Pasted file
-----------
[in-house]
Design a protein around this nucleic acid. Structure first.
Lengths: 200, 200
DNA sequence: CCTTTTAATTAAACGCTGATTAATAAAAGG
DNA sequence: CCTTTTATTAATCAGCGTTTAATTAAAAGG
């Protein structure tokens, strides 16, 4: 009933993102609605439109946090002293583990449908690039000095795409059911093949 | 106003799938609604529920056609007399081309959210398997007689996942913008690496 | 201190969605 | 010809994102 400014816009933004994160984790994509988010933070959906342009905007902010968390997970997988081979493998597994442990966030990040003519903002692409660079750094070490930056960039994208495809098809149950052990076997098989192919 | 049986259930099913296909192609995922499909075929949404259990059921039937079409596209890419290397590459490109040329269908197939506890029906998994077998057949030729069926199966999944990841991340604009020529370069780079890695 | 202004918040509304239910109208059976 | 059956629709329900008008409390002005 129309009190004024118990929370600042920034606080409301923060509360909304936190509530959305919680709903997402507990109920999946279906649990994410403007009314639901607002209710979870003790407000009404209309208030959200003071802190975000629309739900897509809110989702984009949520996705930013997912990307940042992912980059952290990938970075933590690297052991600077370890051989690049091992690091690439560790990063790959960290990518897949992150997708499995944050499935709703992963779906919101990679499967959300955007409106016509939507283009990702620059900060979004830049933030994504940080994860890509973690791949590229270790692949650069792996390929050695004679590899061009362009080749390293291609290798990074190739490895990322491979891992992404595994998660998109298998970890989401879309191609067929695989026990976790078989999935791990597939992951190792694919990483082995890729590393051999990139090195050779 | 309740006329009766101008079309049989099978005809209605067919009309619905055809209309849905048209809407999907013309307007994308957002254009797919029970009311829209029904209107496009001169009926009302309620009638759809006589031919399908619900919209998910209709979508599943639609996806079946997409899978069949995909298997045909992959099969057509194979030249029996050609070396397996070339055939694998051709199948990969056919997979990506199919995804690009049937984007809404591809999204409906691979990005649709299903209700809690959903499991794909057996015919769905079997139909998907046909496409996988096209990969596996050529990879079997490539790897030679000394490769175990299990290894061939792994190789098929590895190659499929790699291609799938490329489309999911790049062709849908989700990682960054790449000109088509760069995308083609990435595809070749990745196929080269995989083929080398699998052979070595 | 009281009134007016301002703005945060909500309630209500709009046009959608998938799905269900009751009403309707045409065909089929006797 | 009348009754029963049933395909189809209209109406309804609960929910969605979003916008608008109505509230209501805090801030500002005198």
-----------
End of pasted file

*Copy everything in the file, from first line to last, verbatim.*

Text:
[in-house]
Design a protein around this nucleic acid. Structure first.
Lengths: 200, 200
DNA sequence: CCTTTTAATTAAACGCTGATTAATAAAAGG
DNA sequence: CCTTTTATTAATCAGCGTTTAATTAAAAGG
């Protein structure tokens, strides 16, 4: 009933993102609605439109946090002293583990449908690039000095795409059911093949 | 106003799938609604529920056609007399081309959210398997007689996942913008690496 | 201190969605 | 010809994102 400014816009933004994160984790994509988010933070959906342009905007902010968390997970997988081979493998597994442990966030990040003519903002692409660079750094070490930056960039994208495809098809149950052990076997098989192919 | 049986259930099913296909192609995922499909075929949404259990059921039937079409596209890419290397590459490109040329269908197939506890029906998994077998057949030729069926199966999944990841991340604009020529370069780079890695 | 202004918040509304239910109208059976 | 059956629709329900008008409390002005 129309009190004024118990929370600042920034606080409301923060509360909304936190509530959305919680709903997402507990109920999946279906649990994410403007009314639901607002209710979870003790407000009404209309208030959200003071802190975000629309739900897509809110989702984009949520996705930013997912990307940042992912980059952290990938970075933590690297052991600077370890051989690049091992690091690439560790990063790959960290990518897949992150997708499995944050499935709703992963779906919101990679499967959300955007409106016509939507283009990702620059900060979004830049933030994504940080994860890509973690791949590229270790692949650069792996390929050695004679590899061009362009080749390293291609290798990074190739490895990322491979891992992404595994998660998109298998970890989401879309191609067929695989026990976790078989999935791990597939992951190792694919990483082995890729590393051999990139090195050779 | 309740006329009766101008079309049989099978005809209605067919009309619905055809209309849905048209809407999907013309307007994308957002254009797919029970009311829209029904209107496009001169009926009302309620009638759809006589031919399908619900919209998910209709979508599943639609996806079946997409899978069949995909298997045909992959099969057509194979030249029996050609070396397996070339055939694998051709199948990969056919997979990506199919995804690009049937984007809404591809999204409906691979990005649709299903209700809690959903499991794909057996015919769905079997139909998907046909496409996988096209990969596996050529990879079997490539790897030679000394490769175990299990290894061939792994190789098929590895190659499929790699291609799938490329489309999911790049062709849908989700990682960054790449000109088509760069995308083609990435595809070749990745196929080269995989083929080398699998052979070595 | 009281009134007016301002703005945060909500309630209500709009046009959608998938799905269900009751009403309707045409065909089929006797 | 009348009754029963049933395909189809209209109406309804609960929910969605979003916008608008109505509230209501805090801030500002005198």